Wednesday, November 21 — last day before U.S. Thanksgiving
This delicate and demanding Hopkins poem is beautiful; these days of less and lesser sun make a sweet time for Gerard Manley Hopkins’ brilliant, understated poem about soft paced sorrow, and beauty, and the griefs of 2018, another year that, with its gusts of wind and chilly temperatures, salutes its ending days.
However, not every day is gloomy, not by a long shot. Here’s a look at morning sun rising above our snow dusted courtyard. That the rising sun pours into my west window — after months when the late afternoon light showed off the glory of summer days — reminds us that these are shorter days (today’s Detroit: sunrise to sunset — 7:30 am – 5:05 pm; in Stockholm, home of Nina, one of my Swedish soul friends, the days are already much shorter, nearly 2.5 hours shorter — 7:55 am – 3:10 pm).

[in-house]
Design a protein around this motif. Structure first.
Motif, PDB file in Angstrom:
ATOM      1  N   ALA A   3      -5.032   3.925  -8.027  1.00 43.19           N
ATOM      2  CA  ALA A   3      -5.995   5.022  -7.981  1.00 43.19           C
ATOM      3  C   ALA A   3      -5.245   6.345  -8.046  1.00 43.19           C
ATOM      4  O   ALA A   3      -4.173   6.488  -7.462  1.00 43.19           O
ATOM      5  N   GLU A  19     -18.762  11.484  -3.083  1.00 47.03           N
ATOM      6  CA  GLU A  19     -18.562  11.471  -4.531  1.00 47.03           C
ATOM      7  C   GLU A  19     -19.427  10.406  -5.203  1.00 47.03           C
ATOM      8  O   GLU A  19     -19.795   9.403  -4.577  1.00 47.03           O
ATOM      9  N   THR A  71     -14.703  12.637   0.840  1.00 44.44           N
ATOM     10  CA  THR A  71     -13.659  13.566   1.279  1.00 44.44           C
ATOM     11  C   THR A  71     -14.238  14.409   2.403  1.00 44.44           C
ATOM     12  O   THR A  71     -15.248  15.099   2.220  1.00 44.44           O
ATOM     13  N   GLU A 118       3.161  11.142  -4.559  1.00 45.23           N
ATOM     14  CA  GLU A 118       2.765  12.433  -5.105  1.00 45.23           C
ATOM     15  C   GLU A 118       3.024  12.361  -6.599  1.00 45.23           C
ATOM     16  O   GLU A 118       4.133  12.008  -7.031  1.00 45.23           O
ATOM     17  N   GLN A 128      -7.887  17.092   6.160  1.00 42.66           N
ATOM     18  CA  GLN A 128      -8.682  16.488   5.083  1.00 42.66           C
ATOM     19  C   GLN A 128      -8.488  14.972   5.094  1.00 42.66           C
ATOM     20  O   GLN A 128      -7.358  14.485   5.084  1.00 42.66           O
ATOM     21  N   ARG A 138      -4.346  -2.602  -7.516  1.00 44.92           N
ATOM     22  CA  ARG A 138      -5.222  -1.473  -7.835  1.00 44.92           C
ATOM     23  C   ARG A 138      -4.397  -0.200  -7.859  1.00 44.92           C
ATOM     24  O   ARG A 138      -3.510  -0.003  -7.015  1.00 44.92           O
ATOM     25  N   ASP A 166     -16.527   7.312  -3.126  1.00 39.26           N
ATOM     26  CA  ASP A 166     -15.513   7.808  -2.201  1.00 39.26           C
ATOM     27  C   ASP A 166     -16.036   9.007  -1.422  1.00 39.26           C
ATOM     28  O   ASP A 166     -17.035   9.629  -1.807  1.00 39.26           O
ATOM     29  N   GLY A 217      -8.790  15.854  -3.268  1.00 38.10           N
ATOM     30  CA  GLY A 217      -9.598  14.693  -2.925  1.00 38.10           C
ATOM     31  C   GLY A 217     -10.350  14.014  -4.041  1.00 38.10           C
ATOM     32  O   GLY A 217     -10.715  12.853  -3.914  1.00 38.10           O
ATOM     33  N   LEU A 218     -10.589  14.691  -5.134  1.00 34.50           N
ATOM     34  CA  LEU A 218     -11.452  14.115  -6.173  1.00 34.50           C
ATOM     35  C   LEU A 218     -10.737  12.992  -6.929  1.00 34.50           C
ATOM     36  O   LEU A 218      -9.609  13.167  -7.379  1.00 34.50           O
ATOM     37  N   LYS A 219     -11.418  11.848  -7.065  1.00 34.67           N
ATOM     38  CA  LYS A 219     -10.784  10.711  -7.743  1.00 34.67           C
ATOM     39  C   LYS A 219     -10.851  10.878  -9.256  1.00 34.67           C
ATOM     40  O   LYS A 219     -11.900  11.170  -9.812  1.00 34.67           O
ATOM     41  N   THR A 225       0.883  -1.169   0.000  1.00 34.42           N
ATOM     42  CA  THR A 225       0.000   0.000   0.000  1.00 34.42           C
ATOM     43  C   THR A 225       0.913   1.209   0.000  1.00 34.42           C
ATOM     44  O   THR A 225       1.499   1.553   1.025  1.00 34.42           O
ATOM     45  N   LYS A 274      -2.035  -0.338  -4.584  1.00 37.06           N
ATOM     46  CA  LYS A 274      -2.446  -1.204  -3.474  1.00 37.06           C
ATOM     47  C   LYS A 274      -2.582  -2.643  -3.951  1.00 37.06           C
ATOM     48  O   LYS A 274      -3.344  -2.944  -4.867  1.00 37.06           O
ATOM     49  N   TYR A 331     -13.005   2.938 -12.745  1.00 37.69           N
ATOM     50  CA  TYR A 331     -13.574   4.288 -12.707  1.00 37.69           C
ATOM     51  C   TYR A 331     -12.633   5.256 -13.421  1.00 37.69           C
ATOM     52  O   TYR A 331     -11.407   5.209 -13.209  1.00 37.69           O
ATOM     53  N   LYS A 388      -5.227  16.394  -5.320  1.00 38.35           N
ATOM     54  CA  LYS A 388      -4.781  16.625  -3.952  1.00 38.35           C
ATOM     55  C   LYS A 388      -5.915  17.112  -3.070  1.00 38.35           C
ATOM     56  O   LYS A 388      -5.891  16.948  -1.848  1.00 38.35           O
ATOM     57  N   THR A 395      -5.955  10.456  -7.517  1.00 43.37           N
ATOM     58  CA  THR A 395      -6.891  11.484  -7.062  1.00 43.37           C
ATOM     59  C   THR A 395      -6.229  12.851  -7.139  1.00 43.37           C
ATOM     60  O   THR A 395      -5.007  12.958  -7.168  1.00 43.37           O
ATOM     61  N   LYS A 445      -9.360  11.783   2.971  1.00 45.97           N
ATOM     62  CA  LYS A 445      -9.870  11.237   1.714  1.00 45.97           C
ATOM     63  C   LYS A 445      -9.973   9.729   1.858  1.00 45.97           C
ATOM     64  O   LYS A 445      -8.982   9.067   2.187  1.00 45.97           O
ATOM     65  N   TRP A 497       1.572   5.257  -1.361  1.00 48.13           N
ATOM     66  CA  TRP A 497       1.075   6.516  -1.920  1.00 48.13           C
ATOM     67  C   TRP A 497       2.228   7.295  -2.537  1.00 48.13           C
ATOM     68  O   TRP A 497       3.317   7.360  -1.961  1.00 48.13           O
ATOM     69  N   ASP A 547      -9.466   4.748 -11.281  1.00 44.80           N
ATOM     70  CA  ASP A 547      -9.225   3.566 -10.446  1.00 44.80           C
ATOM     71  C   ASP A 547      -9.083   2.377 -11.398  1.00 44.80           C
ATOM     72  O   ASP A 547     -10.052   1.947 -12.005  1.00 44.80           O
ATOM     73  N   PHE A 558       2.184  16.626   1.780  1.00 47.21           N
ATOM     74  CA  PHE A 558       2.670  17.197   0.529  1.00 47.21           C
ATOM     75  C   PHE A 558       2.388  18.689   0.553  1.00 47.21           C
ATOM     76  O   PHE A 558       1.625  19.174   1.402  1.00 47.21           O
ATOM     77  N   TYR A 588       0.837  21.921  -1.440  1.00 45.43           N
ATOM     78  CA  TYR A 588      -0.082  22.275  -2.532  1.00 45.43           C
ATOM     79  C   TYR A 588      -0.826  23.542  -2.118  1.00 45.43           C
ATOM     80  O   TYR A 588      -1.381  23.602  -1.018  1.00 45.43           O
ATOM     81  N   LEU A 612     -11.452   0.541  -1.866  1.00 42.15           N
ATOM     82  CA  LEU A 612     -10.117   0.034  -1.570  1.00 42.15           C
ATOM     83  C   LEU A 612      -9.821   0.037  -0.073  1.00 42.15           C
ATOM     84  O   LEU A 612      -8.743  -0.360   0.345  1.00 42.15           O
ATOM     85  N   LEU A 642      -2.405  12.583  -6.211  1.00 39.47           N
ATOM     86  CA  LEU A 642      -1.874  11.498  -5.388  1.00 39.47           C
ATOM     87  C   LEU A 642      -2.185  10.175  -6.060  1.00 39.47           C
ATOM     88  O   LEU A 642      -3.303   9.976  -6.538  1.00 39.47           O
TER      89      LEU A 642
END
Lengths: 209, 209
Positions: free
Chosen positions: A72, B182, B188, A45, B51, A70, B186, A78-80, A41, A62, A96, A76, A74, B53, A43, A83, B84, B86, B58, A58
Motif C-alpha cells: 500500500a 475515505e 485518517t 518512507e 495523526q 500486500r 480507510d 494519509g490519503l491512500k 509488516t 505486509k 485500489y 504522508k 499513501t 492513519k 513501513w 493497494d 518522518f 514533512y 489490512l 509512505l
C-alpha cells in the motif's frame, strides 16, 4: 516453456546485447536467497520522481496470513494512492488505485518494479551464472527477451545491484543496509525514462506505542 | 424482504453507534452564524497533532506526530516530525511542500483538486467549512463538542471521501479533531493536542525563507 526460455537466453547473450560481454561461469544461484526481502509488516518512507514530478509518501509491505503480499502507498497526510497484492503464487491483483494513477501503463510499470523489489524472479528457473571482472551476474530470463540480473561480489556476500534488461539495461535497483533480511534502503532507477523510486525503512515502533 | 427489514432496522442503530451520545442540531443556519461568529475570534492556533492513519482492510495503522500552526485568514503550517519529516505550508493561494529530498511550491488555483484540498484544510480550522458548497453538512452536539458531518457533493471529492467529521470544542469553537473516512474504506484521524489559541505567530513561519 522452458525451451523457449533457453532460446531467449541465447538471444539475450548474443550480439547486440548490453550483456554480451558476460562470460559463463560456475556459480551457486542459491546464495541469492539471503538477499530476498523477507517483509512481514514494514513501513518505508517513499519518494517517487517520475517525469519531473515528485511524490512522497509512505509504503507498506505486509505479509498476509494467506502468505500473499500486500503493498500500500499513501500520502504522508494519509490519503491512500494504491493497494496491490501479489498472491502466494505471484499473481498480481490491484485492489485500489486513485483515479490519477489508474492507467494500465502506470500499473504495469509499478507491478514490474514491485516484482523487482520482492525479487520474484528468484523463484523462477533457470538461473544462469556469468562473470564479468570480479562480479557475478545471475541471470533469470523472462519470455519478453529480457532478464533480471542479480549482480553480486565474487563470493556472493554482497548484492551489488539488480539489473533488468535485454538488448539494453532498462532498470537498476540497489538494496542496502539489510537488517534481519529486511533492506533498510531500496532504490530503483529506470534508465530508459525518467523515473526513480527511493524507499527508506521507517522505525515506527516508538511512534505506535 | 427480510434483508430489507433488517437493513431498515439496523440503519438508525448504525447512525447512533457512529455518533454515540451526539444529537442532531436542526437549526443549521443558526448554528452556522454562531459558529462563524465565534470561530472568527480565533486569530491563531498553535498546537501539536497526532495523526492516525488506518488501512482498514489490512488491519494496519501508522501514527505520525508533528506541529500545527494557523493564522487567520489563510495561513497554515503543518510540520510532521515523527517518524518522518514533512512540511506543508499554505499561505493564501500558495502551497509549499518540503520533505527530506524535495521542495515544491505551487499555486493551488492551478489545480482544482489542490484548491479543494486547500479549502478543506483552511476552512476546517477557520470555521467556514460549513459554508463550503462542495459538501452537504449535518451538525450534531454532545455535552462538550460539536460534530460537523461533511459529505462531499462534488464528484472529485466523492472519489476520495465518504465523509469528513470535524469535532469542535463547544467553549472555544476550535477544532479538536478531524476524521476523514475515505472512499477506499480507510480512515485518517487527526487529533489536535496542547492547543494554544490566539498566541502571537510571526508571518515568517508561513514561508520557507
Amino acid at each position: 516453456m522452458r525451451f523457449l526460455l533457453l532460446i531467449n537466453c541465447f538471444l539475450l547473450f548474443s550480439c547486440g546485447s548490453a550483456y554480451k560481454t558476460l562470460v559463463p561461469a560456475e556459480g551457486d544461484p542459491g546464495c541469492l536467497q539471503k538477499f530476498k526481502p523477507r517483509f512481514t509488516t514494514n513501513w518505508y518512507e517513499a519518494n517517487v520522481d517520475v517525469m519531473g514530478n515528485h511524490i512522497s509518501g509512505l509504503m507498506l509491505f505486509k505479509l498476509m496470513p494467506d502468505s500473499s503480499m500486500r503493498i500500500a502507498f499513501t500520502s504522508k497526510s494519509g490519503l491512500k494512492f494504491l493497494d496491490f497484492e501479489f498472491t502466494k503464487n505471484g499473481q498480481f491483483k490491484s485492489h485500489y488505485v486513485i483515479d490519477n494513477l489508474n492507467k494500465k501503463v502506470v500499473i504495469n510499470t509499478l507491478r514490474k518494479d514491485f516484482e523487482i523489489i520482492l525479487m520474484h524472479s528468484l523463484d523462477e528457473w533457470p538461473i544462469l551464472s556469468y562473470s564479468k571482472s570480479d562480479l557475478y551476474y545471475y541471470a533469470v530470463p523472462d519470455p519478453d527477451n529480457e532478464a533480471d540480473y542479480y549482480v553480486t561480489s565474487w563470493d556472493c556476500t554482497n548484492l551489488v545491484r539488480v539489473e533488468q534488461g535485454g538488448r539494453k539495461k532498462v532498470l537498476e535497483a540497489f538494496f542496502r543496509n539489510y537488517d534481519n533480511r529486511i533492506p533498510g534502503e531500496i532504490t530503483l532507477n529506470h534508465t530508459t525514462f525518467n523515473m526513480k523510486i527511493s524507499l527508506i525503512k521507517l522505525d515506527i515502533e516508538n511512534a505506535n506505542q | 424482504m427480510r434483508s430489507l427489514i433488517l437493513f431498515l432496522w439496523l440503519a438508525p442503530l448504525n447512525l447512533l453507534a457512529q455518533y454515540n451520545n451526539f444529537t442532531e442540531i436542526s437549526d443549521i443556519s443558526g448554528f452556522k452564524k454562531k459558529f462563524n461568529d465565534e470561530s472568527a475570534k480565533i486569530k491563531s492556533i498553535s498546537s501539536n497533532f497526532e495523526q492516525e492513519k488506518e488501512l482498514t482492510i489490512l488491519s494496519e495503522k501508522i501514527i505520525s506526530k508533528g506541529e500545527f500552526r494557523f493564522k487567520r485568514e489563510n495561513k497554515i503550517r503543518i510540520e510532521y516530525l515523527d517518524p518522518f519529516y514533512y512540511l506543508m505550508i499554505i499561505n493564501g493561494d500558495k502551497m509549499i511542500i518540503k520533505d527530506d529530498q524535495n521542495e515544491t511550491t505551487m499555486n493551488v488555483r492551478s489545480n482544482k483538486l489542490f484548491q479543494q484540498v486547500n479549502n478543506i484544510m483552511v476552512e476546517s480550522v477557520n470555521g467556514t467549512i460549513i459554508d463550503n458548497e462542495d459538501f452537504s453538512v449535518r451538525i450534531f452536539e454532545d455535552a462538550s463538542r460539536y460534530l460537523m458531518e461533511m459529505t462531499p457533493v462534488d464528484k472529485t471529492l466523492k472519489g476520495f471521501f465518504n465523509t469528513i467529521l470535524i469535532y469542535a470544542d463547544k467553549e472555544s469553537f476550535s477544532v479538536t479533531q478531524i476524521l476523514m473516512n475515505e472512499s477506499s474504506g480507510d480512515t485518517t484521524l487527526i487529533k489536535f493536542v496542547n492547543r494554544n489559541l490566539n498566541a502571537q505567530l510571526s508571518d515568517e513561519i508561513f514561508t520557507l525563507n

Morning sun rising
November 20, 2018
Have a blest day,
john st sj
Today’s Post “Spring and Fall”
to a young child
Márgarét, áre you gríeving
Over Goldengrove unleaving?
Leáves like the things of man, you
With your fresh thoughts care for, can you?
Ah! ás the heart grows older
It will come to such sights colder
By and by, nor spare a sigh
Though worlds of wanwood leafmeal lie;
And yet you wíll weep and know why.
Now no matter, child, the name:
Sórrow’s spríngs áre the same.
Nor mouth had, no nor mind, expressed
What heart heard of, ghost guessed:
It ís the blight man was born for,
It is Margaret you mourn for.
For an audio version, please visit: https://www.poetryfoundation.org/poems/44400/spring-and-fall
1844 – 1889
G.M. Hopkins Bio: https://en.wikipedia.org/wiki/Gerard_Manley_Hopkins